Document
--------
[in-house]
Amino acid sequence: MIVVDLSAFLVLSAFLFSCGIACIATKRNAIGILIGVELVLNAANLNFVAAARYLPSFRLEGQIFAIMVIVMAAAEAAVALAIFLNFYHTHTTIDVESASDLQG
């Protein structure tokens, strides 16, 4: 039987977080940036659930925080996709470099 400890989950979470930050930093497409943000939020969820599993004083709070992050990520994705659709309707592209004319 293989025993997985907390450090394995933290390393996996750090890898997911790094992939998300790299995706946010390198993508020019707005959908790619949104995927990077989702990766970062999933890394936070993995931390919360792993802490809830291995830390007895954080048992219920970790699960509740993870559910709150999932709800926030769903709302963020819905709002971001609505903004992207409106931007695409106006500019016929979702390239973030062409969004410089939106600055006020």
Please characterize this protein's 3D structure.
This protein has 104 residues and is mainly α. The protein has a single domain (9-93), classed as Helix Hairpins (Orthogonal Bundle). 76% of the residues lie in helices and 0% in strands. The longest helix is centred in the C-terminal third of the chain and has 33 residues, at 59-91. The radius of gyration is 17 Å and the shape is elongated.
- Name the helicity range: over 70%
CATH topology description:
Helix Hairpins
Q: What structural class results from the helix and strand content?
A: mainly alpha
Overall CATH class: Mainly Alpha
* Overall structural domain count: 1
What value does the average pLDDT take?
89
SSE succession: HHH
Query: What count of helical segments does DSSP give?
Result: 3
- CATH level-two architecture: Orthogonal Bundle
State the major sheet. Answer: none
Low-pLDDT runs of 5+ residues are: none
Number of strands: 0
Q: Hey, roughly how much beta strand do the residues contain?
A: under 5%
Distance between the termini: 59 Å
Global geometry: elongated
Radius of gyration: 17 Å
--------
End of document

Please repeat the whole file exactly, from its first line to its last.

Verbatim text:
[in-house]
Amino acid sequence: MIVVDLSAFLVLSAFLFSCGIACIATKRNAIGILIGVELVLNAANLNFVAAARYLPSFRLEGQIFAIMVIVMAAAEAAVALAIFLNFYHTHTTIDVESASDLQG
């Protein structure tokens, strides 16, 4: 039987977080940036659930925080996709470099 400890989950979470930050930093497409943000939020969820599993004083709070992050990520994705659709309707592209004319 293989025993997985907390450090394995933290390393996996750090890898997911790094992939998300790299995706946010390198993508020019707005959908790619949104995927990077989702990766970062999933890394936070993995931390919360792993802490809830291995830390007895954080048992219920970790699960509740993870559910709150999932709800926030769903709302963020819905709002971001609505903004992207409106931007695409106006500019016929979702390239973030062409969004410089939106600055006020």
Please characterize this protein's 3D structure.
This protein has 104 residues and is mainly α. The protein has a single domain (9-93), classed as Helix Hairpins (Orthogonal Bundle). 76% of the residues lie in helices and 0% in strands. The longest helix is centred in the C-terminal third of the chain and has 33 residues, at 59-91. The radius of gyration is 17 Å and the shape is elongated.
- Name the helicity range: over 70%
CATH topology description:
Helix Hairpins
Q: What structural class results from the helix and strand content?
A: mainly alpha
Overall CATH class: Mainly Alpha
* Overall structural domain count: 1
What value does the average pLDDT take?
89
SSE succession: HHH
Query: What count of helical segments does DSSP give?
Result: 3
- CATH level-two architecture: Orthogonal Bundle
State the major sheet. Answer: none
Low-pLDDT runs of 5+ residues are: none
Number of strands: 0
Q: Hey, roughly how much beta strand do the residues contain?
A: under 5%
Distance between the termini: 59 Å
Global geometry: elongated
Radius of gyration: 17 Å